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Men’s Diving: Senior Geary’s leadership shines outside of pool

Joseph Monardo | Tuesday, March 8, 2011

Many important victories in sports today end with a trip to Disney World, but senior diver Nathan Geary’s fantastic career as a student-athlete began with a trip to the Magic Kingdom.

This year’s Big East champion from the 3-meter board, Geary is also the Vice-President of the Student-Athlete Advisory Council (SAAC) and has participated in a number of leadership opportunities during his time at Notre Dame, dating back to his first year of college.

“After freshman year, I was selected to go to a leadership camp at Disney,” Geary said, “and I was the sole athlete selected from Notre Dame to go to this, so after that it was like the fast track to leadership.”

Irish Coach Tim Welsh, who nominated Geary as the University’s representative for the forum, says he recognized the leadership in his freshman diver three years ago.

“Nathan is a very outgoing, gregarious person very interested in the University, very interested in the team,” Welsh said. “We thought that he had the personal skills and the interest and the discipline to do a good job with it.”

Following his first conference, Geary developed an enthusiasm for leadership and for the cause of the student-athlete. After being a member of the Rosenthal Leadership Academy at Notre Dame during his sophomore year, Geary joined SAAC as a junior.

“I really liked the political side of athletics,” Geary said. “I felt like I was pretty involved in some of the meetings and with some of the issues we were dealing with and I put my name in for vice president.”

Geary was elected by last year’s SAAC officers, and his duties this year have included attending officer meetings, presiding over student-athlete meetings, and working closely with the Student Union Board (SUB) to put together information sessions for the student-athletes.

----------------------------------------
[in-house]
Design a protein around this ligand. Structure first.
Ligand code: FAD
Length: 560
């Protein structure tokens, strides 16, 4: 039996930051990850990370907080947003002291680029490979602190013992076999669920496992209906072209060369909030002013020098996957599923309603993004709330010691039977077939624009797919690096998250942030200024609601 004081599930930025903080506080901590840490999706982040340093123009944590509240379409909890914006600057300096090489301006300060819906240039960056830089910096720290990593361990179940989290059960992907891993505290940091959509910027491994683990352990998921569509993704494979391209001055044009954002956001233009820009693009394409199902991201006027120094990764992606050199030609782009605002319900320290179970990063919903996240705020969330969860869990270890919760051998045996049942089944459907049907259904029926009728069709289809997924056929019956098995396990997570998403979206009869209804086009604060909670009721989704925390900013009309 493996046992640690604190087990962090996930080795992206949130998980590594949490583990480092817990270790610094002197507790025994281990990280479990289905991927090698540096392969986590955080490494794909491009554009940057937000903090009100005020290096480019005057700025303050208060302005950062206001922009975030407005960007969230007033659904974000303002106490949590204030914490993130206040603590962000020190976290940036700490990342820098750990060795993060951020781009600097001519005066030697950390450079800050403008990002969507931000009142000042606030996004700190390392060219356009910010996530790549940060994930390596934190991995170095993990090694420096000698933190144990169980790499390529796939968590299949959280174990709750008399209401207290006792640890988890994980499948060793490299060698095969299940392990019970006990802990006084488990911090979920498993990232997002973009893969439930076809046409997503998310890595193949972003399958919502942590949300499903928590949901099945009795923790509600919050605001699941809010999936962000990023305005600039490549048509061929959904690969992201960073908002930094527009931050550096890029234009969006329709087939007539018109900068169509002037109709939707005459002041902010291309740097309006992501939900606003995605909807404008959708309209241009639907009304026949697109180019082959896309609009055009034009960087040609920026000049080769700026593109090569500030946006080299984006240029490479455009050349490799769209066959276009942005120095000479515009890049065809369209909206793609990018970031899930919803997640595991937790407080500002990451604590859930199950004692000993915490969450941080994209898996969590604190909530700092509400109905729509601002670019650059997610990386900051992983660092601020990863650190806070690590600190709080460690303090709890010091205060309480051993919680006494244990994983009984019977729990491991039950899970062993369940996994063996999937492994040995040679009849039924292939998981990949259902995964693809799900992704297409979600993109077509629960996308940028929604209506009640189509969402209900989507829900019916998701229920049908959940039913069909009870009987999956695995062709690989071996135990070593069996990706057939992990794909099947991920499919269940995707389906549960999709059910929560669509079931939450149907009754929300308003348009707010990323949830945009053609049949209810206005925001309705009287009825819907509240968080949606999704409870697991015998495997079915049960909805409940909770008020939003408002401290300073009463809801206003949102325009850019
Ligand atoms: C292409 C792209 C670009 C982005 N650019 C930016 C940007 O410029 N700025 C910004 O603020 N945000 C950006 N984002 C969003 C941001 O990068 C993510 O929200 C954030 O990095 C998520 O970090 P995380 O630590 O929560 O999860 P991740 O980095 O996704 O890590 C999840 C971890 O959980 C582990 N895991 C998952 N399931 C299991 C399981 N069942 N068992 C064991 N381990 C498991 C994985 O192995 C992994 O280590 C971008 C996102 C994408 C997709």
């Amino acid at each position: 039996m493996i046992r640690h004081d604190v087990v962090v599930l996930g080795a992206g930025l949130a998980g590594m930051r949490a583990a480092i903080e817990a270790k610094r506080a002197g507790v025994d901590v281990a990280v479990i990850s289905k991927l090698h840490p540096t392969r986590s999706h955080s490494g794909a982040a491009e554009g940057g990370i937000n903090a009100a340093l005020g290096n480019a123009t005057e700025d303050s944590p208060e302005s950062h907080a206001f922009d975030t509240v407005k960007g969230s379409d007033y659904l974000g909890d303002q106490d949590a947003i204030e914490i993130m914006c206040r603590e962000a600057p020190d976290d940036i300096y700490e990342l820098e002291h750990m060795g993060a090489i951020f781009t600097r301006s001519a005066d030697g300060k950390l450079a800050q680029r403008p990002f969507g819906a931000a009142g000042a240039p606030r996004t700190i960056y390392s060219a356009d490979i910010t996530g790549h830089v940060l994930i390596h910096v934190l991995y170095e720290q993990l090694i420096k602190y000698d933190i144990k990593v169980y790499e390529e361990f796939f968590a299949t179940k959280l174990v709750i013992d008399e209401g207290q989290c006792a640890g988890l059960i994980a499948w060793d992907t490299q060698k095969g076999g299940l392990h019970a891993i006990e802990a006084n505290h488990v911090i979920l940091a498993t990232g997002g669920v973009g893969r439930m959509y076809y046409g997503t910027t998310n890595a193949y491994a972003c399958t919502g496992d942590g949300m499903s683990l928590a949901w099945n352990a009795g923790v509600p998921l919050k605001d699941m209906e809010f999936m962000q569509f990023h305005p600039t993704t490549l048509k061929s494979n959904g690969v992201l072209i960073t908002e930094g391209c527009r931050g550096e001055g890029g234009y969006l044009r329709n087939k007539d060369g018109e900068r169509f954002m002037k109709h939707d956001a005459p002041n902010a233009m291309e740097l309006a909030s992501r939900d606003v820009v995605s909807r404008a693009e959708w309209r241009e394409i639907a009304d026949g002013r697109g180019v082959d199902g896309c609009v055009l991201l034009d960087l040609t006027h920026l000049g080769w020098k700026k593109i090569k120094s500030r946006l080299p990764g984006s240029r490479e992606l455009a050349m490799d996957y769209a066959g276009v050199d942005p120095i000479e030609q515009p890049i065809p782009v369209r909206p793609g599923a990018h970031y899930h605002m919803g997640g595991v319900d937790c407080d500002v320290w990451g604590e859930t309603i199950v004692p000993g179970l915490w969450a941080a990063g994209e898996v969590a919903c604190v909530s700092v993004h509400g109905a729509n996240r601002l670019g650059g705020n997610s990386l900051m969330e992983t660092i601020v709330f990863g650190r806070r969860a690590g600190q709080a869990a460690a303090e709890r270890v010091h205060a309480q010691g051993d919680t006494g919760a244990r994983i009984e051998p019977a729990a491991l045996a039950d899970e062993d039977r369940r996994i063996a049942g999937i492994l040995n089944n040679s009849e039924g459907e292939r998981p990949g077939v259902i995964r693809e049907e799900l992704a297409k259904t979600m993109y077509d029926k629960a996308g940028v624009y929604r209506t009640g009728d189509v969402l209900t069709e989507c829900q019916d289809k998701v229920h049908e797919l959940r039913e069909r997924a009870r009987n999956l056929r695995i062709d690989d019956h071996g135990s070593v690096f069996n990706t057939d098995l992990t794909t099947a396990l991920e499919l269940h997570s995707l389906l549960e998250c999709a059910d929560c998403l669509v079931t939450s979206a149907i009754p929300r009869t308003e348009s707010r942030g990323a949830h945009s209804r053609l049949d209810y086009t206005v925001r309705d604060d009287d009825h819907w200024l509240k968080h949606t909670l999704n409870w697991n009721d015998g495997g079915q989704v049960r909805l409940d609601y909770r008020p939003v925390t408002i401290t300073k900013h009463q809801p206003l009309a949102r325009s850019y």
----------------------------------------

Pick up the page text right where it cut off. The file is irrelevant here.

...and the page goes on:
“The mission [of SAAC] is to make the student athlete’s experience all that it should be,” Geary said. “If there are problems that we see where student athletes are disadvantaged, we want to correct those.”

One of Geary’s main achievements as vice president was coordinating a SUB committee on career initiative that put the student-athletes through a “career boot camp,” which focused on transitioning into life after college and securing a job.

“That was a huge commitment,” Geary said. “It was something where I had to work with the SUB committee, talk about who we wanted to get there, what we wanted to be said — and then featuring the six people [speakers], meeting with the Career Center. It ended up being really successful.”

Geary understands from experience how difficult the life of a student-athlete can be, but he also realizes how rewarding the experience is.

“The time commitment is the most difficult thing [about being a student athlete],” Geary said. “The time demands are brutal, but it is so worth it. I wouldn’t have changed anything I’ve done.”

As he prepares for the upcoming NCAA Zone Diving tournament, Geary knows that he would have to deliver at a career-best performance in order to advance to the NCAA championships. Still, as someone who has experienced success in many different realms of life, Geary said he would be satisfied as long as at least one of his teammates performs well enough to qualify.

“Hopefully we’ll place really well,” Geary said, “But in the chance that I don’t make it, it’s not going to be the end of the world for me.”

It certainly will be no tragedy for Geary if his season does indeed end with the conclusion of the Zone tournament on March 13. A paramount example of success as a student-athlete, Geary has enjoyed a great career and has already been accepted to three law schools. The PLS major awaits decisions from seven other schools. His coach simplified how successful Geary has been in just a short sentence.

“He’s done it all,” he said.